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Remoteness hinders relief efforts after 2000 feared dead in Papua New Guinea landslide

29 May 2024

World Vision

Families walk over the site of the landslide

Families walk over the site of the landslide

AS MANY as 2000 people are feared to have died after a sudden landslide engulfed six villages in a remote area of Papua New Guinea in the early hours of last Friday morning, causing “immense devastation”.

There are now fears of a second landslide, and areas near by are being evacuated. Fallen rocks have made it difficult for relief teams to gain access to the region. Government officials suggest that it is unlikely that any survivors will be found.

One village, Tulipari, is reported to be completely destroyed. Because of its remoteness and limited communications, the “true scale of the disaster remains unclear”, the charity World Vision has said. It has a team in the area.

The landslide was caused when part of a limestone mountain sheared away in the middle of the night after heavy rainfall in the region. Early reports suggest that at least 150 homes and other buildings, such as schools, were swept away. The UN initially estimated 670 deaths, but government officials have since put the toll much higher, at 2000.

The national director of World Vision Papua New Guinea, Chris Jensen, said on Wednesday: “The scale of devastation is immense, and the population is in a state of profound shock and grief. Our teams are deeply moved by the resilience and strength of affected communities. We are in dire need of an urgent humanitarian response.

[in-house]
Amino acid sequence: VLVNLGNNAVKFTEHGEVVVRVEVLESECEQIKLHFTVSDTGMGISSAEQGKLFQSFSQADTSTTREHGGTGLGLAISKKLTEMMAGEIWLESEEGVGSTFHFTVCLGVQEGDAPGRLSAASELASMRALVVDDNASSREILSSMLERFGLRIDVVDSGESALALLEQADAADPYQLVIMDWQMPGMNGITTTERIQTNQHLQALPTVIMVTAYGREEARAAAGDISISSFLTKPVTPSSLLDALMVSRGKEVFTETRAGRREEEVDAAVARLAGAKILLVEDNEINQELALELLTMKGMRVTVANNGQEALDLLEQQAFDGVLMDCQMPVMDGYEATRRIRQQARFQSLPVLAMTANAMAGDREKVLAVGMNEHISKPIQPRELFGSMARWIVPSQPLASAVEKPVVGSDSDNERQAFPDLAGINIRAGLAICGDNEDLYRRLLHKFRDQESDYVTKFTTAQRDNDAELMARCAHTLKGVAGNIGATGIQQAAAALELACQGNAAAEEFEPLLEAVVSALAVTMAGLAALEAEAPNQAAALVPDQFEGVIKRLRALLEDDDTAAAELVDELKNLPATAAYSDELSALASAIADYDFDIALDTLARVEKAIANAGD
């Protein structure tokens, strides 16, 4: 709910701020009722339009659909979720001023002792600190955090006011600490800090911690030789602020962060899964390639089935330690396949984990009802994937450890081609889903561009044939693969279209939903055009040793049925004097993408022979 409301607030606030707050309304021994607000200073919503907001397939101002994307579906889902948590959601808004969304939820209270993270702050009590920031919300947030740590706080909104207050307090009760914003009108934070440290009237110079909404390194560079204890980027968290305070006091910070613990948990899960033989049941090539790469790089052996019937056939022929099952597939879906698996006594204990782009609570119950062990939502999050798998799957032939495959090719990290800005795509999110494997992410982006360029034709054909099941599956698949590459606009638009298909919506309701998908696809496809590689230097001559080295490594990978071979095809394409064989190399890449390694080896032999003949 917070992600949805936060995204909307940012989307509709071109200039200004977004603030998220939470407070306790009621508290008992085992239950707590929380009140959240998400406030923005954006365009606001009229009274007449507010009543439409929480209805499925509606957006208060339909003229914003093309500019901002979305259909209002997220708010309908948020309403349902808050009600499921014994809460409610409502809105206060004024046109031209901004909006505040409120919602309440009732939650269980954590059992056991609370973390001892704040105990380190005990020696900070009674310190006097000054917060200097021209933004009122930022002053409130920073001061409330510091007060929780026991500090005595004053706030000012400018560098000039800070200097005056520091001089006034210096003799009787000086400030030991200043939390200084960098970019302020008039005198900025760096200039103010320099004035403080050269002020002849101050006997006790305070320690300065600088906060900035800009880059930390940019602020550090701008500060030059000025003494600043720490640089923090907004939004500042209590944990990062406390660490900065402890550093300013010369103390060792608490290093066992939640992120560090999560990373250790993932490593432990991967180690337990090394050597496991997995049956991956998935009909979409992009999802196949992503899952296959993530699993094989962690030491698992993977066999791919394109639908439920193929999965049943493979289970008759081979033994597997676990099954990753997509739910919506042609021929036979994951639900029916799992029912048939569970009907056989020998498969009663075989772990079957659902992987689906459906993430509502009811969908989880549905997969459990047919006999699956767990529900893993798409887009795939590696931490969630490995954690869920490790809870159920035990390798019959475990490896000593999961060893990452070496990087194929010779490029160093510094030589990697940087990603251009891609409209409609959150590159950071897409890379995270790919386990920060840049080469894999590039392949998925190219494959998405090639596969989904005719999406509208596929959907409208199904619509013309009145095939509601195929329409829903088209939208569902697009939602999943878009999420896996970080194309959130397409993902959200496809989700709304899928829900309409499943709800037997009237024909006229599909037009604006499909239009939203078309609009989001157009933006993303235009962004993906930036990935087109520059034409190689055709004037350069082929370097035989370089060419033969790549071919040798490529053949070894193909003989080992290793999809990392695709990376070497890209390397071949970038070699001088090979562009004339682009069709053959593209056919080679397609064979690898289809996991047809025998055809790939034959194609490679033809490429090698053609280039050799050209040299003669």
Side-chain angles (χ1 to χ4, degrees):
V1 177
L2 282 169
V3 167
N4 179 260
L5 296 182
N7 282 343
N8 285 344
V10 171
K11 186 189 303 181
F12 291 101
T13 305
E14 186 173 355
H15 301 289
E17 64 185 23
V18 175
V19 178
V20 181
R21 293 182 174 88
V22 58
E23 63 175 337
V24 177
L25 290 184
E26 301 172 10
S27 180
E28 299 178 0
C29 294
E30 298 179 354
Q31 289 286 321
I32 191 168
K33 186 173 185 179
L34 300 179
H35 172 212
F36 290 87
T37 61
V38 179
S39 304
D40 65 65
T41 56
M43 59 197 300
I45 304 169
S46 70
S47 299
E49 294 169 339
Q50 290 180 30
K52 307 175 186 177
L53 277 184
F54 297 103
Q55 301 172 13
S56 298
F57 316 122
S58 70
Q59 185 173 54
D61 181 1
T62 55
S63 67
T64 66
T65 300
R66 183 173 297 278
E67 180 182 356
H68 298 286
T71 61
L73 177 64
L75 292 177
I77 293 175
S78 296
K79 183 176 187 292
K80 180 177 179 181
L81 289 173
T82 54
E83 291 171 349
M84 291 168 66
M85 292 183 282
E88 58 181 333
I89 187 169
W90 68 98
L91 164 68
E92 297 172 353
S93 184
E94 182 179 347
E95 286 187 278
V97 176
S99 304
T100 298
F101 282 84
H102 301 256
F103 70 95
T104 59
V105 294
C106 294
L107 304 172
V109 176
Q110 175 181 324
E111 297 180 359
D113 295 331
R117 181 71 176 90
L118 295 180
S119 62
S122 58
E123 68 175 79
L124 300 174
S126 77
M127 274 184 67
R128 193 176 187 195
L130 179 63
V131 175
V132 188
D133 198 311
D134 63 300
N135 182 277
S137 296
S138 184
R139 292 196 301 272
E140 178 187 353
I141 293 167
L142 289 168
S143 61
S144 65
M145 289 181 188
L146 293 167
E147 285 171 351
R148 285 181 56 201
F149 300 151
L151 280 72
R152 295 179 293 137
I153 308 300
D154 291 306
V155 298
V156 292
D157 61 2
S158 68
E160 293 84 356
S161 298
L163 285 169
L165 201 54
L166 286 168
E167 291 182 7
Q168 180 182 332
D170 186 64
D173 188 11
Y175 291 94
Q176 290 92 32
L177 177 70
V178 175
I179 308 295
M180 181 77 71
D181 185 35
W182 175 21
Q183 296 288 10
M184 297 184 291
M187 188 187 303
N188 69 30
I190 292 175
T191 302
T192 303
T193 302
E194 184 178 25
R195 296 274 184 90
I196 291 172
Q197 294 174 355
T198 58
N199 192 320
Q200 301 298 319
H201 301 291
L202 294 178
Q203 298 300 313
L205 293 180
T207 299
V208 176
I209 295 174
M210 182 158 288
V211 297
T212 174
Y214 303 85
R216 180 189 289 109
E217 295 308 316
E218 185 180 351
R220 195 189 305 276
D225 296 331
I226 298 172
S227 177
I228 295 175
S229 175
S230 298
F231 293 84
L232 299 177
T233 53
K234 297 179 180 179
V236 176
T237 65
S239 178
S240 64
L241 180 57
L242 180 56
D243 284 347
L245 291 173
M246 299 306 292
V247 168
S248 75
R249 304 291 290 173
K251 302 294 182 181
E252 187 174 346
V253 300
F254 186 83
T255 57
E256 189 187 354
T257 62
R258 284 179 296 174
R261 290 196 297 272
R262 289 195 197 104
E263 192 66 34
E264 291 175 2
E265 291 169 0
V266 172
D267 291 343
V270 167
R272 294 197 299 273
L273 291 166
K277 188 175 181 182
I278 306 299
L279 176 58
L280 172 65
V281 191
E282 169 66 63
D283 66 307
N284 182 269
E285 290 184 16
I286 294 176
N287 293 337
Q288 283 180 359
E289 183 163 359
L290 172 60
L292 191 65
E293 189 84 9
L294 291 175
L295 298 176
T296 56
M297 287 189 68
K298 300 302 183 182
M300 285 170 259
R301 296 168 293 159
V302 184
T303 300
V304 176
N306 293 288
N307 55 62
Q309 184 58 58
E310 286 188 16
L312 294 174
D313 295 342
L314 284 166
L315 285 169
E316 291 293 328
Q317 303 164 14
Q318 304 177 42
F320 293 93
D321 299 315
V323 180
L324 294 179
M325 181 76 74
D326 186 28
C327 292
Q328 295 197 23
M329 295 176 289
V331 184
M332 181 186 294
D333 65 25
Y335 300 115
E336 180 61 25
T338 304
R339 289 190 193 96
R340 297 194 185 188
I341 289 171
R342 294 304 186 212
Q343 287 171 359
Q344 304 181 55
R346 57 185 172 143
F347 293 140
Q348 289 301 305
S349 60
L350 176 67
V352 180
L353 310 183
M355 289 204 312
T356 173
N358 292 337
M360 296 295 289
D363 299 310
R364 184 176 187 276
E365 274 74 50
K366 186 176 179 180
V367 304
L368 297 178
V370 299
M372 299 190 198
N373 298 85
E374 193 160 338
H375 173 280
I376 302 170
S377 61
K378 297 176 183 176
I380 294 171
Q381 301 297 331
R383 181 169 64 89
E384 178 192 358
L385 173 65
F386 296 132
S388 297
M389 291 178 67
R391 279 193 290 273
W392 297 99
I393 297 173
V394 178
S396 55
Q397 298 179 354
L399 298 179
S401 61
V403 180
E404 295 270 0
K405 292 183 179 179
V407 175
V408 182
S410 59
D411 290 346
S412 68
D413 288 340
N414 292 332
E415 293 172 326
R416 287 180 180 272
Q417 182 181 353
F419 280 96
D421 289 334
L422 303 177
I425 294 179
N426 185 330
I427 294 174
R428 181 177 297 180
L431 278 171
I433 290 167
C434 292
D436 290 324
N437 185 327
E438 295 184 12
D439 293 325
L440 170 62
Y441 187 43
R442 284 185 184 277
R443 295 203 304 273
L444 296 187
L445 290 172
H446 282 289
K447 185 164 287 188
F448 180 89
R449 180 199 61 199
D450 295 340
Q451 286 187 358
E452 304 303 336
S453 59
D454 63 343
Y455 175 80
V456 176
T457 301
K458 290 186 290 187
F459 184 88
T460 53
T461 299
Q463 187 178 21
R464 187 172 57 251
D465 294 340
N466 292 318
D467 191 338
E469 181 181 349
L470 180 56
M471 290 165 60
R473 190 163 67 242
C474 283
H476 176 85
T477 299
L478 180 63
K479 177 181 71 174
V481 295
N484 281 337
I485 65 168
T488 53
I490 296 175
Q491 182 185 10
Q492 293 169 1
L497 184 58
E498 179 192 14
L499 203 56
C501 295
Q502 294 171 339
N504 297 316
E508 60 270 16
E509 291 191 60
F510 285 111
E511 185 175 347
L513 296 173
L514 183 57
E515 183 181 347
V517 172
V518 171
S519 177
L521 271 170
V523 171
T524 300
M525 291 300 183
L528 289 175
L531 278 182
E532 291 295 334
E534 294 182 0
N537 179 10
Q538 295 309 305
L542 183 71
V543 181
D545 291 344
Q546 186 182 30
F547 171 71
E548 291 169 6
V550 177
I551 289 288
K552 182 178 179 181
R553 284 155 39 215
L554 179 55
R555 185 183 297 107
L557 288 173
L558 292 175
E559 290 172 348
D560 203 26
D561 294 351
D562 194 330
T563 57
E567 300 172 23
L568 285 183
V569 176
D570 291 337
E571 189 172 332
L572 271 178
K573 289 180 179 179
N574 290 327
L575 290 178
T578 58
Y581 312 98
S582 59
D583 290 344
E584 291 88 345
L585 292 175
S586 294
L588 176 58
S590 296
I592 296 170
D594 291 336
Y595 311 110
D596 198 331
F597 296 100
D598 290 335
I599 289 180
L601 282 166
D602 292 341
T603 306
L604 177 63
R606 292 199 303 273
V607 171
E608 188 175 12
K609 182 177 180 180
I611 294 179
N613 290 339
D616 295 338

“Children and families are being forced to live in open areas with inadequate shelter. The risks they face from cold temperatures and unsanitary conditions are deeply concerning.”

The Roman Catholic aid agency Caritas Australia has also sent a humanitarian team to the area to support people who have lost their homes because of the landslide. Clean water, food, and shelter are urgent priorities, it said.

Pope Francis is among the church leaders to have sent a message of condolence and prayers. The country is home to about ten million people, about one quarter of whom are Roman Catholic. The Pope is due to visit Indonesia, Papua New Guinea, East Timor, and Singapore in September.

The King and Queen also sent a message of support after “an appallingly traumatic event”. The Bishop of Norwich posted on X that he had spoken by video call to two Bishops from the Anglican Church in Papua New Guinea: Bishop Nathan Ingen, and Bishop Lesley lhove, “to assure them of my prayers” and those of the diocese of Norwich. The diocese has a longstanding link with the Anglican Church in Papua New Guinea.

The World Council of Churches (WCC) said that the population in the remote area was predominantly young, and “authorities fear that many of the fatalities will be children under 15”. The WCC general secretary, the Revd Professor Jerry Pillay, said this week: “We pray for the people in urgent need, for those who have lost loved ones, and for those who face a long recovery from this terrible disaster. You are not forgotten. You are children of God who are being held in prayer by your global ecumenical family.”

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